Legislators tour Israel as federation guests
Briefings help explain why Jewish community is ‘proud of this nation’
JERUSALEM — Ten percent of the New Jersey Legislature participated in a mission to Israel from Feb. 28 to March 3 in an event sponsored by the NJ State Association of Jewish Federations.
The mission provided an opportunity to inform and educate NJ legislators about Israel. Participants visited historical and religious sites meaningful to Jews and Christians and attended information sessions with members of the Knesset (Israel’s parliament), Foreign Ministry, and media and business sectors.
“Our NJ legislators were given a broad view of the very tough challenges Israel faces, along with the opportunities and innovations that Israel offers the world,” said mission chair Mark S. Levenson, president of the State Association and a partner with the Newark-based law firm, Sills Cummis & Gross.
Lawmakers representing the Greater MetroWest area included Sens. Theresa Ruiz (D-Dist. 29) and Sandra Cunningham (D-Dist. 31).
Participating legislators were responsible for their airfare and the sponsoring Jewish federations were to cover the land cost for the lawmakers from their areas, unless the federation has business with the state (see box).
Cunningham, a devout Christian, broke down in tears at the Jerusalem site where Jesus was crucified and laid to rest, and again at the Western Wall, which was “overpowering and emotional,” she said. “We have a large and growing Jewish community in northern New Jersey, and I can’t wait to set up some meetings and talk about what I’ve experienced here.”
Ruiz said she was overwhelmed by the religious and historic impact of the trip, as well as the chance to “peel back the layers of geographic parameters that pigeonhole NJ policymakers” and connect in a meaningful way with her colleagues.
As chair of the Senate education committee, Ruiz said she was interested in launching a program to bring Holocaust survivors to schools. “To be able to witness the stories of people who overcame trial and obstacle in order to rebuild their lives would be extraordinarily inspirational to our students.”
Sen. Stephen Sweeney, NJ Senate president, said he had been motivated for many reasons to visit Israel for the first time. “New Jersey has the second-largest Jewish population in the country, and I wanted to see first-hand why the Jewish community is so proud of this nation,” he said.
That pride was perhaps best illustrated by a meeting with eight “lone soldiers,” many from New Jersey, who had left their families behind to enlist in the Israel Defense Forces. “It really impressed me that these young men and women came from the U.S. to defend Israel,” Sweeney said. “Only 1 percent of the population in the U.S. serves in the military, yet these young people are volunteering to defend a nation that has been under attack since the beginning. This is really remarkable.”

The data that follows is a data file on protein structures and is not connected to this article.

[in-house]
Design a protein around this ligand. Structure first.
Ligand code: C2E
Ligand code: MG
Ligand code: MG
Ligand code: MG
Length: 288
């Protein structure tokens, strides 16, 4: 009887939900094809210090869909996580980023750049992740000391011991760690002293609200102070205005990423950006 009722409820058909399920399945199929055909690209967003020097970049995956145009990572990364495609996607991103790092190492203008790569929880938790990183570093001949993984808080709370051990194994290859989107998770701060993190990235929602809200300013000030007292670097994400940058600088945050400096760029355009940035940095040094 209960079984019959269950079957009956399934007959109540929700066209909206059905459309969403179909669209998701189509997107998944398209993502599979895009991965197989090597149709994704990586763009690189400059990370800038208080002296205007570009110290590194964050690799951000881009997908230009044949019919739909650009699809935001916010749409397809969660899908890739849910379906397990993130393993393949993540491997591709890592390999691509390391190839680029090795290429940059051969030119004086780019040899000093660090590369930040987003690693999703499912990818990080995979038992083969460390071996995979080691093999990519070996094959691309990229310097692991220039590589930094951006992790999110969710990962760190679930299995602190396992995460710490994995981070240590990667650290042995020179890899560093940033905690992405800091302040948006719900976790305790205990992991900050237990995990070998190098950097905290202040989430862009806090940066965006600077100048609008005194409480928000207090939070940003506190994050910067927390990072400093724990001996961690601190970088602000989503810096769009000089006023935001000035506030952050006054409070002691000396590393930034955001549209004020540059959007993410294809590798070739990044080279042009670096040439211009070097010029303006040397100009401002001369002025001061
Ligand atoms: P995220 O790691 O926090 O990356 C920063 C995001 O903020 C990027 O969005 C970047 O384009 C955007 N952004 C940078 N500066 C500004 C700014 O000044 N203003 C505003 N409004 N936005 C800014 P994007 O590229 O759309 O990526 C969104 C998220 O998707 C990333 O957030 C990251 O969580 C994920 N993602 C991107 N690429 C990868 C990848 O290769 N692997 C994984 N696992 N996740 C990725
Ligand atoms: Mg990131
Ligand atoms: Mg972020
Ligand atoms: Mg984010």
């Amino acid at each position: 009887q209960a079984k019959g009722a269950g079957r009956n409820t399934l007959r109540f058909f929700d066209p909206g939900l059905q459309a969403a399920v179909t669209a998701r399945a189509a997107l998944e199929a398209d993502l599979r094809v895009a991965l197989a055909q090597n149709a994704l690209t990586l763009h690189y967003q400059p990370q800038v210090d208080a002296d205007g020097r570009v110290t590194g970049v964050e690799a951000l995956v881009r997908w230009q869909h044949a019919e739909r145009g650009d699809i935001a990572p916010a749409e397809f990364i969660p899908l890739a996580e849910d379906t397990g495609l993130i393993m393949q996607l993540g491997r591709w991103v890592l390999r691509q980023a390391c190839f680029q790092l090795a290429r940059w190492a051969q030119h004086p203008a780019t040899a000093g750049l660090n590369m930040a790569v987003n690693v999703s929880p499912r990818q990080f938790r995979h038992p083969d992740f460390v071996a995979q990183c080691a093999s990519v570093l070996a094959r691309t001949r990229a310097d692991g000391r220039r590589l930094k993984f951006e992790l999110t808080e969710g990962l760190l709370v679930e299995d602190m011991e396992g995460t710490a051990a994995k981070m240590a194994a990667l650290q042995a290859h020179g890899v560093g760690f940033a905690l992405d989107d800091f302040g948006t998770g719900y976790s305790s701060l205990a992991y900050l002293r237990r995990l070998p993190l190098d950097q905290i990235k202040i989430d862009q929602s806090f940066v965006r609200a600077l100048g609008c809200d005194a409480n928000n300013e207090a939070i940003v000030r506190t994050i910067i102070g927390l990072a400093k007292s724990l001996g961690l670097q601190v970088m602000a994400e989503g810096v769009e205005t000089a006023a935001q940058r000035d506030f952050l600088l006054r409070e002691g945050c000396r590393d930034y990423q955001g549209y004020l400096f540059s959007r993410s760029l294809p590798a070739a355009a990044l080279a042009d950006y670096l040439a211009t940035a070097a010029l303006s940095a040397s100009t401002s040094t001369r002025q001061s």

Sweeney said he also wanted to gain insight into Israeli political affairs. “I wanted to get a better understanding of the country and its government,” he said. “It’s so important to partner with the Jewish community to protect and defend the State of Israel.”
For Assemblyman John Wisniewski of Middlesex County, deputy speaker of the Assembly, his first visit to Israel was eye-opening. “It was important for me to better understand the relationship between Israelis and Palestinians. I learned about the positive impact the building of the walls has had on security in Israel,” he told NJJN during a break in the Foreign Ministry session.
“But what really fascinated me is the pluralistic religious culture that exists one on top of the other,” said Wisniewski. “We are proud of our pluralistic religious history in the U.S., but it’s not often displayed in such proximity as it is in Jerusalem. With churches, temples, and mosques situated cheek by jowl, there is clearly a tolerance toward each faith, which I find very encouraging.”
Like many of her colleagues, Senate Majority Leader Loretta Weinberg of northern New Jersey was visibly moved by the experience. This was her second trip to Israel. “The existence of Israel is what protects our identity as Jews. We know that as long as Israel exists — which in my prayers will be forever —we are protected from anything like this from ever happening again,” she said, moments after she emerged, teary-eyed, from the children’s memorial at the Yad Vashem Holocaust memorial in Jerusalem.
Weinberg said the mission helped reinvigorate her both professionally and personally. “It stiffens my resolve to move ahead with the kinds of things I believe in. My biggest responsibility is to my two grandchildren, because they are so far removed from the Holocaust,” she said. “I feel very privileged to be a Jew, and to be in elected office and to actually try to do the things I passionately believe in.”
Assemblywoman Amy Handlin of Monmouth County was participating in her fourth trip to Israel. “All Americans should feel connected to Israel, regardless of their background. I hope to bring back some of what I’ve learned here to share with as many people as possible of all faiths. It’s so special to be here with my legislative colleagues and to share what unites us,” she said.
The Jewish Federations of North America oversaw the planning of the mission, which was staffed by Melanie Roth Gorelick, director of the Community Relations Committee of the Jewish Federation of Greater MetroWest NJ; Jacob Toporek, executive director of the State Association; and David Snyder, director of the Jewish Community Relations Council of the Jewish Federation of Southern New Jersey.